Although moose live almost everywhere in Maine, five particular regions represent prime moose-encounter country:
• The Rangeley Lakes. A moose could appear anywhere in this region. Take the Dallas Hill Road to Saddleback Ski Area, Route 16 toward Stratton, or the South Shore Road to Rangeley Lake State Park, or venture onto the local woods roads.
• The Carrabassett Valley. Folks bound for Carrabassett (canoeing and kayaking), Stratton (fishing on the Dead River and Flagstaff Lake), and Sugarloaf USA (great golfing) should watch for moose any time of day. Big bulls occasionally wander the Sugarloaf roads; be extremely careful when driving on Route 27 after dark.
• Moosehead Lake. Sometime during the day, a moose will likely appear at the moose wallow that lies between Route 15 and the Maine Department of Transportation maintenance facility in Shirley, 6 miles south of downtown Greenville. If vehicles are parked on the west side of the highway, pull over to see what the excitement’s all about.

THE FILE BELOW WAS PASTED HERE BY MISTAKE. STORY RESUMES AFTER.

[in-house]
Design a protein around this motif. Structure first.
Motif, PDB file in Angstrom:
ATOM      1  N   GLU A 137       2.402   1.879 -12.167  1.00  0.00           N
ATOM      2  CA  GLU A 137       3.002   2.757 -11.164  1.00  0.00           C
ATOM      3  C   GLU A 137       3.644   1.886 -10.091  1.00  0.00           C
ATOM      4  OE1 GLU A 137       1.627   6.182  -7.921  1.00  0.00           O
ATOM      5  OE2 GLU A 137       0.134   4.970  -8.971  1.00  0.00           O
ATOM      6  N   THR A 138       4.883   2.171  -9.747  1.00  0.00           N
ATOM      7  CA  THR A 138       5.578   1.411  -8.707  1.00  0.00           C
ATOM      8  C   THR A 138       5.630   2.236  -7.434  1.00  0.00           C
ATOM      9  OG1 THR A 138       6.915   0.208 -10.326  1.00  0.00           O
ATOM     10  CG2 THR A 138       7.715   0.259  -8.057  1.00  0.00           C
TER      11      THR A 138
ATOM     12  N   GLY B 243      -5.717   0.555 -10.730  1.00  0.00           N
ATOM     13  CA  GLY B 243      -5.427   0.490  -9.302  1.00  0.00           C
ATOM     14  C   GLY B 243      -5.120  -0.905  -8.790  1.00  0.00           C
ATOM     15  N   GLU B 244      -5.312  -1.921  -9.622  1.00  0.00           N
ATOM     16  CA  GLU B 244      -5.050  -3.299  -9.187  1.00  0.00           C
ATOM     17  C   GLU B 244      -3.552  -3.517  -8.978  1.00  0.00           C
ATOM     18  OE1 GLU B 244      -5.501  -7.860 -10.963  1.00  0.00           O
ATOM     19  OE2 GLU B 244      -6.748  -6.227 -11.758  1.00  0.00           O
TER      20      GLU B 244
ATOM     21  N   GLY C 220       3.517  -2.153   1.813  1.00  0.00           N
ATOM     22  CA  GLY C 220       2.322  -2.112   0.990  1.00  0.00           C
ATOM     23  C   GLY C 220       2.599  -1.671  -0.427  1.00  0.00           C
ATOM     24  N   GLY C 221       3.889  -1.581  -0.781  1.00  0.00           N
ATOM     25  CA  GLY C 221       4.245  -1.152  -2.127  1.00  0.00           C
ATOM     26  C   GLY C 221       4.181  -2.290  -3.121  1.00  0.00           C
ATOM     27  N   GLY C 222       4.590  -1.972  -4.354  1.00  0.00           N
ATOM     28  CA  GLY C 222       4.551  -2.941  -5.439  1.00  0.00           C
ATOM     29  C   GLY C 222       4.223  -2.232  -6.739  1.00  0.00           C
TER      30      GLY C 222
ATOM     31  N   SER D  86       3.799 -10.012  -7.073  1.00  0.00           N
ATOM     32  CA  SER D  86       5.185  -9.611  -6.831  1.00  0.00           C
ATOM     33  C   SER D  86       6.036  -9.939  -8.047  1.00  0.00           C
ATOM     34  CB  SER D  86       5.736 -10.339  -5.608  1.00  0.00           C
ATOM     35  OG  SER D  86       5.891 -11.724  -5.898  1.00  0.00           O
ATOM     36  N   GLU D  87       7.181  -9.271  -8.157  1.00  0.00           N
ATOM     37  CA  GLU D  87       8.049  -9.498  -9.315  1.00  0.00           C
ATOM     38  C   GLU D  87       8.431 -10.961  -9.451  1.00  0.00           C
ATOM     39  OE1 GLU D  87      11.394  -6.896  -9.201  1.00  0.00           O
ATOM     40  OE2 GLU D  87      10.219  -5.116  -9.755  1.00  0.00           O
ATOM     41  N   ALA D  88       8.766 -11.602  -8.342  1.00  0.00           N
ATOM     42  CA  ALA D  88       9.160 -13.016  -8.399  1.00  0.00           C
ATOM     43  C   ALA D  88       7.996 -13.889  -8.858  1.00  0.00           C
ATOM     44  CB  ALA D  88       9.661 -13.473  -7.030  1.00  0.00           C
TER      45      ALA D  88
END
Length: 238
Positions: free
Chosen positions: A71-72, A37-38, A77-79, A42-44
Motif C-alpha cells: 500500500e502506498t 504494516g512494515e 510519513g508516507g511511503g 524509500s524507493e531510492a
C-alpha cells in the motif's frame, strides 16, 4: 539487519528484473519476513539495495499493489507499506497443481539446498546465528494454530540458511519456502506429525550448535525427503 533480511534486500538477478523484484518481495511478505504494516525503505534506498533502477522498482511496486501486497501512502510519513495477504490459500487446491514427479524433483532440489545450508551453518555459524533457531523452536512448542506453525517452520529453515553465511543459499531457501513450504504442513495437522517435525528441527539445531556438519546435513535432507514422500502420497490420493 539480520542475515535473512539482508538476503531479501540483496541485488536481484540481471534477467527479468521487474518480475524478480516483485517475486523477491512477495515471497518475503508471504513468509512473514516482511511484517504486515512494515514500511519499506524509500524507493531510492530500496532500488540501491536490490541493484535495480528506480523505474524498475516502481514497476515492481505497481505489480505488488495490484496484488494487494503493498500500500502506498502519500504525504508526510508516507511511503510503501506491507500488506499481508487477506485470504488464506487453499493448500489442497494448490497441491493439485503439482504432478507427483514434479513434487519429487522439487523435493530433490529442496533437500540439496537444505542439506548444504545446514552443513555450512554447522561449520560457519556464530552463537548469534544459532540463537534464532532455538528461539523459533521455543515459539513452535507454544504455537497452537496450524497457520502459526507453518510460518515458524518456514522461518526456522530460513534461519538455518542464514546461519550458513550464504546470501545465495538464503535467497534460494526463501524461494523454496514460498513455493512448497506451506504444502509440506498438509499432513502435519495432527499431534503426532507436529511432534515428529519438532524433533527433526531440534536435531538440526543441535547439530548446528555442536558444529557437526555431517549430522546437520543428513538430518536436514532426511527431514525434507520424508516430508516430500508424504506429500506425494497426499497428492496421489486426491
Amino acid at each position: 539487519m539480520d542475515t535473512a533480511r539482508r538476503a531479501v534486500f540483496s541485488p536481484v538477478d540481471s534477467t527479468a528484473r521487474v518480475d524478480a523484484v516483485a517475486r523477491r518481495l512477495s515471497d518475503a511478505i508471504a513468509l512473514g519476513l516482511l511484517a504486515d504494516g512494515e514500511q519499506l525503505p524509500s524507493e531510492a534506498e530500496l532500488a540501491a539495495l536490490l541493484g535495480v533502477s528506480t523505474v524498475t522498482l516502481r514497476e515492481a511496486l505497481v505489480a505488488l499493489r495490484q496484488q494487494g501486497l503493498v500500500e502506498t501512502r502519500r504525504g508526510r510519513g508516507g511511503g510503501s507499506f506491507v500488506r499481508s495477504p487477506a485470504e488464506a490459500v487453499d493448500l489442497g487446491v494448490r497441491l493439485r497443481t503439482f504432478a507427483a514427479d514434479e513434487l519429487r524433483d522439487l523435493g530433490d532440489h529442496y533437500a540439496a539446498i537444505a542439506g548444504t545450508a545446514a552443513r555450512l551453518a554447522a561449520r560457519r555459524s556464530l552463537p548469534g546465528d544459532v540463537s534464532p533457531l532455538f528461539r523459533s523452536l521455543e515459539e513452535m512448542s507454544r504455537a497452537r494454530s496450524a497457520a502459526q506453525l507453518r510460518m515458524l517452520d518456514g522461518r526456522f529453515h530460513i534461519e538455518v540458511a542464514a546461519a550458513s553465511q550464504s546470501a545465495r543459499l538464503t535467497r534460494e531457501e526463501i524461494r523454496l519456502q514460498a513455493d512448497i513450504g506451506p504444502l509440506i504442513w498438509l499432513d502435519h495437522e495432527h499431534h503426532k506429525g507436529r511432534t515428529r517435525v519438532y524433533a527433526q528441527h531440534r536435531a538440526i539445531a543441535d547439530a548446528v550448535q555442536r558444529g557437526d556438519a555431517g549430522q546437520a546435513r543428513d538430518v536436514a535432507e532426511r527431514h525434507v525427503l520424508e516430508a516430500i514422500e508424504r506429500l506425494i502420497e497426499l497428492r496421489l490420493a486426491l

To see moose elsewhere in the Moosehead Lake region, either drive along the local roads — do get a detailed road map at the Route 15 visitors’ center — or join an official moose safari.
• The Golden Road and Baxter State Park. While cruising along the Golden Road toward Abol Bridge, watch for moose at Compass Road (east) and River Pond (west) about 5 miles beyond the narrows between Ambajejus and Millinocket Lakes.
Popular moose-watching sites in Baxter State Park include Elbow Pond and Tracy Pond (accessed by the same trail) and Sandy Stream Pond.
Local outfitters offer moose safaris by boat or vehicle.
• Aroostook County’s Route 11 corridor. From Patten north to Fort Kent, forest-management practices have created an ideal environment for moose. Ask the local residents at stores and restaurants where the best moose haunts are located.